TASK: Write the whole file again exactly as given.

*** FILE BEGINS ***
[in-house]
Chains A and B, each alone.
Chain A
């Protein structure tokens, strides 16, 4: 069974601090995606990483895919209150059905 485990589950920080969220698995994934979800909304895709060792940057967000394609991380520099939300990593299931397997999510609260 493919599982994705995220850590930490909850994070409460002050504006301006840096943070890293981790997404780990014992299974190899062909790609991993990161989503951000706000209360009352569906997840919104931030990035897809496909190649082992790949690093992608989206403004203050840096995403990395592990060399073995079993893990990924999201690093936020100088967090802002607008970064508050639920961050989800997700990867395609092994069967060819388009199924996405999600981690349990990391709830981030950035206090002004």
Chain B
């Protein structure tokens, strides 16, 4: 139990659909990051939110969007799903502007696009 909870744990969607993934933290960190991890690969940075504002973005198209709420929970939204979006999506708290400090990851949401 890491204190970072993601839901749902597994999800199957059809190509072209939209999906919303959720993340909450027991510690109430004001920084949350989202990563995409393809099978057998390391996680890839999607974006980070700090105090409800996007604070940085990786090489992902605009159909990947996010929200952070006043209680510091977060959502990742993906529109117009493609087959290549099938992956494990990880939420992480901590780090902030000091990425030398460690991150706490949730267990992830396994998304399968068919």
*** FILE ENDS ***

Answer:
[in-house]
Chains A and B, each alone.
Chain A
């Protein structure tokens, strides 16, 4: 069974601090995606990483895919209150059905 485990589950920080969220698995994934979800909304895709060792940057967000394609991380520099939300990593299931397997999510609260 493919599982994705995220850590930490909850994070409460002050504006301006840096943070890293981790997404780990014992299974190899062909790609991993990161989503951000706000209360009352569906997840919104931030990035897809496909190649082992790949690093992608989206403004203050840096995403990395592990060399073995079993893990990924999201690093936020100088967090802002607008970064508050639920961050989800997700990867395609092994069967060819388009199924996405999600981690349990990391709830981030950035206090002004």
Chain B
């Protein structure tokens, strides 16, 4: 139990659909990051939110969007799903502007696009 909870744990969607993934933290960190991890690969940075504002973005198209709420929970939204979006999506708290400090990851949401 890491204190970072993601839901749902597994999800199957059809190509072209939209999906919303959720993340909450027991510690109430004001920084949350989202990563995409393809099978057998390391996680890839999607974006980070700090105090409800996007604070940085990786090489992902605009159909990947996010929200952070006043209680510091977060959502990742993906529109117009493609087959290549099938992956494990990880939420992480901590780090902030000091990425030398460690991150706490949730267990992830396994998304399968068919």